The Second Amendment – which many argue has lost its original meaning – seems to be at the heart of the gun control issue. What would it take for it to be repealed?
According to CBS News, it would be a major undertaking. Most likely, the proposed amendment would have to pass the House and the Senate, and then be ratified by the legislatures of 38 out of the 50 states. In a political climate in which any sort of gun control legislation cannot even pass with a simple majority, this would be extremely unlikely.
While a total ban on firearms may be out of reach, survivors of mass shootings and other advocates for gun control say that there should be restrictions on the ownership of semi-automatic rifles like the AR-15 (the weapon of choice for many mass shooters) and that more work should be done to close the ‘gun show loophole’ which allows private gun sales to take place without any sort of background check, potentially placing guns in the hands of dangerous individuals.
Many in the public believe change is slow to come because legislators prioritise the money of the ubiquitous gun lobby over the lives of vulnerable students, as demonstrated in this 2017 political cartoon.
“Gun Rights Are Human Rights”?
Kaitlin Bennett, the Grassroots Director of Liberty Hangout, a self-described ‘libertarian media outlet’ that espouses anti-socialist views, courted controversy on Twitter when she wrote, “There should be NOTHING controversial about supporting the right to self-defense. It should be VERY controversial, however, to want to strip people of their right to self-defense. Gun rights are human rights.”
When asked to clarify her statement, Bennett responded that these were “inalienable rights.” It is obvious that the Second Amendment is very important to a large segment of the population. American lawmakers cannot risk alienating these citizens, who often live in more rural areas where hunting is prolific and politics tend to be conservative.
Santa Fe, New Mexico is one of these communities. The demographics of Parkland, Florida and Santa Fe, Texas could not be more different. While Parkland is an affluent community whose residents swiftly took up the cause of gun control, Santa Fe is a quiet, conservative community, largely resistant to change. The high school was the subject of a 2000 Supreme Court ruling, Santa Fe Independent School District v. Doe, which said that the school board could not allow students to pray over the loudspeaker before football games.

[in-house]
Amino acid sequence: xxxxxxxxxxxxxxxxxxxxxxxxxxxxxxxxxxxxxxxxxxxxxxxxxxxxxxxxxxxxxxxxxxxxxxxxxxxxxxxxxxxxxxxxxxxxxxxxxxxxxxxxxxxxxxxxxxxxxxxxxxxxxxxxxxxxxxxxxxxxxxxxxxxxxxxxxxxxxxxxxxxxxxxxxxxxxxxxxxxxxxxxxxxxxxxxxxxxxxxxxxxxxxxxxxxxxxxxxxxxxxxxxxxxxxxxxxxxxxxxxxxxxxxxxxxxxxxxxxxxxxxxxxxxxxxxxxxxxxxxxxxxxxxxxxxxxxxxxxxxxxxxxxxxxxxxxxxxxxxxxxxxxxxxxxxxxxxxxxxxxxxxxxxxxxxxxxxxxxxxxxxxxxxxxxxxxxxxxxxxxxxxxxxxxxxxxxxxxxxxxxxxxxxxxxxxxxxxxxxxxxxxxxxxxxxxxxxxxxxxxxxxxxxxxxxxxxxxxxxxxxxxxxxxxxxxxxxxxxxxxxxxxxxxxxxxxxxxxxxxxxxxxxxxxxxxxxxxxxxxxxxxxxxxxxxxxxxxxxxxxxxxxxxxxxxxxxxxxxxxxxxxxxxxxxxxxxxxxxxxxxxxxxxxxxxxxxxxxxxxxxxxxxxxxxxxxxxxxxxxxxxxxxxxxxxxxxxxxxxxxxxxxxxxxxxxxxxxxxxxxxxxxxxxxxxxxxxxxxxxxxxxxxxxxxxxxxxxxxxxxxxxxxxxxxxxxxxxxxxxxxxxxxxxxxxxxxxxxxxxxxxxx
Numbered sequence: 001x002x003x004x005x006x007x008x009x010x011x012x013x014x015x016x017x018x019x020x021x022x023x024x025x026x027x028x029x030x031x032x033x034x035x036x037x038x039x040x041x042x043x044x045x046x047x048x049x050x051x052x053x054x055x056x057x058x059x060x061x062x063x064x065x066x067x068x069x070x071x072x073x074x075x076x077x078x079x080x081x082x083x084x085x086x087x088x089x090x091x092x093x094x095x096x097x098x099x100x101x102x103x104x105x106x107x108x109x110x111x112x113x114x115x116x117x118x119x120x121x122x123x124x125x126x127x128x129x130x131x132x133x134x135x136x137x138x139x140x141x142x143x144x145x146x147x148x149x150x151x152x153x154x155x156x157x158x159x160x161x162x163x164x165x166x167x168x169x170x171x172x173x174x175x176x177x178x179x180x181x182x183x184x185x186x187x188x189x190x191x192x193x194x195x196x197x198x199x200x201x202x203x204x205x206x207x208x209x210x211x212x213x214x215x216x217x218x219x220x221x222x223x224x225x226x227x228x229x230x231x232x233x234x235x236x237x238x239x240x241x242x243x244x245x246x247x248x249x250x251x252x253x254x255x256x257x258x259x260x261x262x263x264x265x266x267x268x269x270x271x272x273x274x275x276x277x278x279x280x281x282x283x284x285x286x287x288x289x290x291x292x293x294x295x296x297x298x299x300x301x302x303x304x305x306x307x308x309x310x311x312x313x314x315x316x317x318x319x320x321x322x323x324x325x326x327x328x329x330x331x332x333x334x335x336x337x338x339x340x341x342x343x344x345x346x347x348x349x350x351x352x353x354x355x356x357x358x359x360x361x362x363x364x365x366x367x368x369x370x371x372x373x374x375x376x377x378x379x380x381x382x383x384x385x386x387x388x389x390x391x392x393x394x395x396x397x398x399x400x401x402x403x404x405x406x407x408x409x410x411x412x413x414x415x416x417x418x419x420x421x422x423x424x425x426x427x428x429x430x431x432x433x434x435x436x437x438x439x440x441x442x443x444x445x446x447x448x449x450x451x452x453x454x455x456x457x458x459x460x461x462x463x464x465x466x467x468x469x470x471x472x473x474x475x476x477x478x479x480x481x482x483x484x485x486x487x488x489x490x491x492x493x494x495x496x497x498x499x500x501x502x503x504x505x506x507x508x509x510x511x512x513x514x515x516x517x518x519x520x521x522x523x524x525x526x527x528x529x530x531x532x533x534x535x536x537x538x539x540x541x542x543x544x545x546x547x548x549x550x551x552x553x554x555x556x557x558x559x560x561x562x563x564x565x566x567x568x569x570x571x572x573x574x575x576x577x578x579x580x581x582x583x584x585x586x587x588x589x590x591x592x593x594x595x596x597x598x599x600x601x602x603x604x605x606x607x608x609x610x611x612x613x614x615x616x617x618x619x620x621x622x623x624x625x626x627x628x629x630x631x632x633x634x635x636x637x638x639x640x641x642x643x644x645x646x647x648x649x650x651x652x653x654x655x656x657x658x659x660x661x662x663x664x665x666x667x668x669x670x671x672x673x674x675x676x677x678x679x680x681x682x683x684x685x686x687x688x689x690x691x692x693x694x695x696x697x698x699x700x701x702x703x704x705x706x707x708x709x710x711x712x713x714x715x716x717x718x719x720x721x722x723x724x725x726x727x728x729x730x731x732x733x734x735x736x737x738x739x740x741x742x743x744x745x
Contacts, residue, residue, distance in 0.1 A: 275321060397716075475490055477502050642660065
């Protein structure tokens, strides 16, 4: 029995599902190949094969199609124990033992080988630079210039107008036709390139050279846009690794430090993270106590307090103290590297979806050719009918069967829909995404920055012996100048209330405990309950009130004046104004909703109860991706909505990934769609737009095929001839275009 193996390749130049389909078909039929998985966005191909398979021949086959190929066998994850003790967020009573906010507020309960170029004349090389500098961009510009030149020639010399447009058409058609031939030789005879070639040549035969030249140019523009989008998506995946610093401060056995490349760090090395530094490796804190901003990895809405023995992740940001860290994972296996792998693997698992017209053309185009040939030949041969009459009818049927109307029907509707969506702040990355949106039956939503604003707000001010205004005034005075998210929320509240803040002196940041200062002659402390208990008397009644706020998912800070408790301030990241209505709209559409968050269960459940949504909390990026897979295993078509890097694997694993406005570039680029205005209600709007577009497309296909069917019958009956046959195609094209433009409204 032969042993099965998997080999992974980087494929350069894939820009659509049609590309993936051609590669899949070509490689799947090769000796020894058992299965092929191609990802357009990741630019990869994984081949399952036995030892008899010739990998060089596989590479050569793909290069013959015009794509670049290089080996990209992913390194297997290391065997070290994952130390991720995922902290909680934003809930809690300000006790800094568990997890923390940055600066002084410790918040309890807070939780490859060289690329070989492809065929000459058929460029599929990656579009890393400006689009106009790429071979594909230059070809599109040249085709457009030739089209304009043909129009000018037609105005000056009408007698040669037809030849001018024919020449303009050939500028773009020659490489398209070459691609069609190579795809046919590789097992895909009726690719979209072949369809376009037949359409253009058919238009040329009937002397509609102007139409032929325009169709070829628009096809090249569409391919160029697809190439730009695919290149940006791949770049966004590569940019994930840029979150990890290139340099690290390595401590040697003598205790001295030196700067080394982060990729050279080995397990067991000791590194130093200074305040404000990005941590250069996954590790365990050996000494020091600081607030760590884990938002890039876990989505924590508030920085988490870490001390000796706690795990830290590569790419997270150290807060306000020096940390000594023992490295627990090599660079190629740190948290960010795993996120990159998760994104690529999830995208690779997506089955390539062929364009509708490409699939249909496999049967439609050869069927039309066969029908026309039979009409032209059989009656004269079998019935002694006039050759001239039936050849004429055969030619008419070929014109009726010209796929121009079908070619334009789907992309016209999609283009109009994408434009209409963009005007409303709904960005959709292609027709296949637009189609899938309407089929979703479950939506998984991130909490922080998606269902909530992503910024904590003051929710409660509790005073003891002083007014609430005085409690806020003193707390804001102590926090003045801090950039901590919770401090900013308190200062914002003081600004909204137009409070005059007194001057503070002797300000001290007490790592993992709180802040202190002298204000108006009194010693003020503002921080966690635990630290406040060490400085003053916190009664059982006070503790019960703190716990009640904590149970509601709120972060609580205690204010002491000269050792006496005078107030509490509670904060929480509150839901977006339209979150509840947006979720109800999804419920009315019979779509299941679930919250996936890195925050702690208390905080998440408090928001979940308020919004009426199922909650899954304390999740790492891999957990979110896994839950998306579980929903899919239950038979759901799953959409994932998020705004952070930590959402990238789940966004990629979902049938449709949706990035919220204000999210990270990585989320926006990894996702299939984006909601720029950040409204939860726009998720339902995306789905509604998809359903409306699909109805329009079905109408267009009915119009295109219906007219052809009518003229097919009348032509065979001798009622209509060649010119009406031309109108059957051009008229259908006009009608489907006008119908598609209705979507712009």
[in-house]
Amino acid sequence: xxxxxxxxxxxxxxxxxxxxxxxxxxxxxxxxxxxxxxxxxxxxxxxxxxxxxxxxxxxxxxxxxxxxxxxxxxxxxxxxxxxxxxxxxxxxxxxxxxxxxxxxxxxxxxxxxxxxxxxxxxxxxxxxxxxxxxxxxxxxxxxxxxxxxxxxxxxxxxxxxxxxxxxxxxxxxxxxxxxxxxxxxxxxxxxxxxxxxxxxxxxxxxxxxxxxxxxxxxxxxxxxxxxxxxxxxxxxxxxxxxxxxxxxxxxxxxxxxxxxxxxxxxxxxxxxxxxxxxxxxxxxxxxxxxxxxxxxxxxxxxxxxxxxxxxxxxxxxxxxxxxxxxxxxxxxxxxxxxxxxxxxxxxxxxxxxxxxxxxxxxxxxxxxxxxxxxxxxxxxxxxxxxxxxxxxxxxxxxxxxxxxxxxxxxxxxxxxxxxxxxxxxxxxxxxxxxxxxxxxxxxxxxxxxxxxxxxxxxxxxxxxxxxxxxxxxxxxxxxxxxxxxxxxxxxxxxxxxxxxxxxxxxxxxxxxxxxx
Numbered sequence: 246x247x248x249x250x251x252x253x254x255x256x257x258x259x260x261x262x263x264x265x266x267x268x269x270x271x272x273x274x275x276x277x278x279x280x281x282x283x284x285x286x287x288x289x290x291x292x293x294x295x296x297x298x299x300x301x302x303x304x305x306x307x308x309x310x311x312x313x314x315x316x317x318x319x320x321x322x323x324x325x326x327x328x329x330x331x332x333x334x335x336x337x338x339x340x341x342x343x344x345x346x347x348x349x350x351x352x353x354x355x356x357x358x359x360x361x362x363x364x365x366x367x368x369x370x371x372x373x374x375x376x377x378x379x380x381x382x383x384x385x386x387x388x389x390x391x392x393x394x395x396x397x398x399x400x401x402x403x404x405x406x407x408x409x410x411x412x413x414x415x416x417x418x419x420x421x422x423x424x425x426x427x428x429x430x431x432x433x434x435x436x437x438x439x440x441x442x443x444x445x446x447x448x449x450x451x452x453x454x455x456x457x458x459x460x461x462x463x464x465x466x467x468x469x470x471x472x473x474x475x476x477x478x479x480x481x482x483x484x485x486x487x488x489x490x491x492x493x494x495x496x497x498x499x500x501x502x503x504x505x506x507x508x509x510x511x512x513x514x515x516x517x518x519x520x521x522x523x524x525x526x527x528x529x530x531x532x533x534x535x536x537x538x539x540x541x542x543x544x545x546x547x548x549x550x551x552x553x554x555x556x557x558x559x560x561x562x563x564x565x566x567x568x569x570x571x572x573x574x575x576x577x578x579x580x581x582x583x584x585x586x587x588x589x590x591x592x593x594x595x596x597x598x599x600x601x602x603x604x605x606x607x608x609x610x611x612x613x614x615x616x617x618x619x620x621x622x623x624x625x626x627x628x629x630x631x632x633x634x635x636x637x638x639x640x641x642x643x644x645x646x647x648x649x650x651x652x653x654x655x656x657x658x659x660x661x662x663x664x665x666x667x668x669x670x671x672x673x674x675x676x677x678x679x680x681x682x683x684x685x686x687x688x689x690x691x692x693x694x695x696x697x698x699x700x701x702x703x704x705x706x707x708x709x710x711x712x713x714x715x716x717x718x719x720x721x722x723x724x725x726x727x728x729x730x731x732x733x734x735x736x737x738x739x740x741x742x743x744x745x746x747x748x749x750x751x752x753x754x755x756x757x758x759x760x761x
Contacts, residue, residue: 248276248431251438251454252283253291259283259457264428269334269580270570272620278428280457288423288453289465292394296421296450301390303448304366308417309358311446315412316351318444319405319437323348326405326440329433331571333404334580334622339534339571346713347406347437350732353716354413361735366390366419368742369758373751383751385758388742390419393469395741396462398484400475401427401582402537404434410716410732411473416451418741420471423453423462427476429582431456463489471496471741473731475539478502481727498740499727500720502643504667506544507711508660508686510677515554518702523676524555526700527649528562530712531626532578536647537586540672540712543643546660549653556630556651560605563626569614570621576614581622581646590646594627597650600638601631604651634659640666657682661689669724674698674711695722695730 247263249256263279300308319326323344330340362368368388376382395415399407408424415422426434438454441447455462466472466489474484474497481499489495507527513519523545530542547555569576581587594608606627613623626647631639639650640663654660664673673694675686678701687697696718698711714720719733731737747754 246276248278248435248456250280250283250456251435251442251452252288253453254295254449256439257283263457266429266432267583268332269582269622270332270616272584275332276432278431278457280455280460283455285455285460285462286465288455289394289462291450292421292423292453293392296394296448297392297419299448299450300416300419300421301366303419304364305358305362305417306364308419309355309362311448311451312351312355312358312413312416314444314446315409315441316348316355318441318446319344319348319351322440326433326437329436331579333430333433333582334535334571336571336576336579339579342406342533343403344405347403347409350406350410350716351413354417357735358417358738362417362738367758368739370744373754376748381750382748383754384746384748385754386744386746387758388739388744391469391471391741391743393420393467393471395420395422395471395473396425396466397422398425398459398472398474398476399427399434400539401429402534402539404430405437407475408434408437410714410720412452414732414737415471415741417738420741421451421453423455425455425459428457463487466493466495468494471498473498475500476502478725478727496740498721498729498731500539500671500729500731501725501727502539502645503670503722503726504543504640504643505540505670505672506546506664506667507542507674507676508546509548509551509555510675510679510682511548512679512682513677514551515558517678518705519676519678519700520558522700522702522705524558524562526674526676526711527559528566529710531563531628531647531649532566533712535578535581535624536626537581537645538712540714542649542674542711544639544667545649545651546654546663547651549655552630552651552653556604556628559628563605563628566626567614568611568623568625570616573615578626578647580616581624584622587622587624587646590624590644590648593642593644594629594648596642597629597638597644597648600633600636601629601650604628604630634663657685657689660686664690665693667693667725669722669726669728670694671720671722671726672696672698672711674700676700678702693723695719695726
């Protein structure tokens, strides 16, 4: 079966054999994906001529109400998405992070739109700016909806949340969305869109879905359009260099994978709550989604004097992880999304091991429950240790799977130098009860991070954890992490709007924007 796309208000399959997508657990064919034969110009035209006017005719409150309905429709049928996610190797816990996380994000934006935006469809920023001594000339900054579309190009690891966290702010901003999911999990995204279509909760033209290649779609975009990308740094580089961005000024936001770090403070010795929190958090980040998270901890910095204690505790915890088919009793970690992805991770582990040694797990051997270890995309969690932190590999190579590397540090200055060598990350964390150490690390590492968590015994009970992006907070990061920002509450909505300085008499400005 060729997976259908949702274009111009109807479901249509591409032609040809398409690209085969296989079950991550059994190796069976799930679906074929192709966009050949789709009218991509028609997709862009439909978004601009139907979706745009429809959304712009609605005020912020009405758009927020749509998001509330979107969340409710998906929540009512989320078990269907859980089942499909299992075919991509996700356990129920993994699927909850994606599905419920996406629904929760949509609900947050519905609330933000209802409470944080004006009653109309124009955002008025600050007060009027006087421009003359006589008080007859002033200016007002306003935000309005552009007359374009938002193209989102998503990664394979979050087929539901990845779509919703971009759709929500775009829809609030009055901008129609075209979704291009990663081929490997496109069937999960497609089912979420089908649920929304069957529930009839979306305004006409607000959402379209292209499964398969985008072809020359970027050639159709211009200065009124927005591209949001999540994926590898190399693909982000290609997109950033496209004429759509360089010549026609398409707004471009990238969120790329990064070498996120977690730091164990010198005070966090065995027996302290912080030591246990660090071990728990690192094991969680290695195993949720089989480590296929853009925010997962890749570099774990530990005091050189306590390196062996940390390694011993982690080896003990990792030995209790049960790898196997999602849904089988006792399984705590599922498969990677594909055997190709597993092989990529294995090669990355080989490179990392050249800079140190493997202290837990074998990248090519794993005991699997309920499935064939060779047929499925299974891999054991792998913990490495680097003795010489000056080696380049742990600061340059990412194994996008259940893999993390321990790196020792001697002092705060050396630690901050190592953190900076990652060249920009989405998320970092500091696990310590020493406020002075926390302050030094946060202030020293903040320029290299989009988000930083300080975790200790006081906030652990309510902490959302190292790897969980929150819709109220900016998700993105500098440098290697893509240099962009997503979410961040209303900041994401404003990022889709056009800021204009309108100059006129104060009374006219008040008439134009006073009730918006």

In a recent interview with NowThis, Santa Fe student Bree Butler stated that she supports mandatory gun safes or trigger locks, as well as background checks and mental health evaluations for gun owners and their family members. She emphasizes, “…just because I attended the March for Our Lives rally in March doesn’t mean that I want the government to come and take everybody’s ARs.”
From the country’s founding, guns have played a large role in American culture, from the idea of a “well-regulated militia”, to revolver-toting cowboys, and a strong culture of hunting in bucolic rural communities. Unfortunately, mass shootings and the restrained political response have also become ingrained in this culture. Many agree that something has to be done. Pressure is mounting, due in no small part to the student activism spearheaded by the Parkland students, who refused to accept mass shootings as the status quo. The debate over gun control will rage on, and until an agreement is reached between the opposing factions in this fight, lives will continue to be needlessly lost.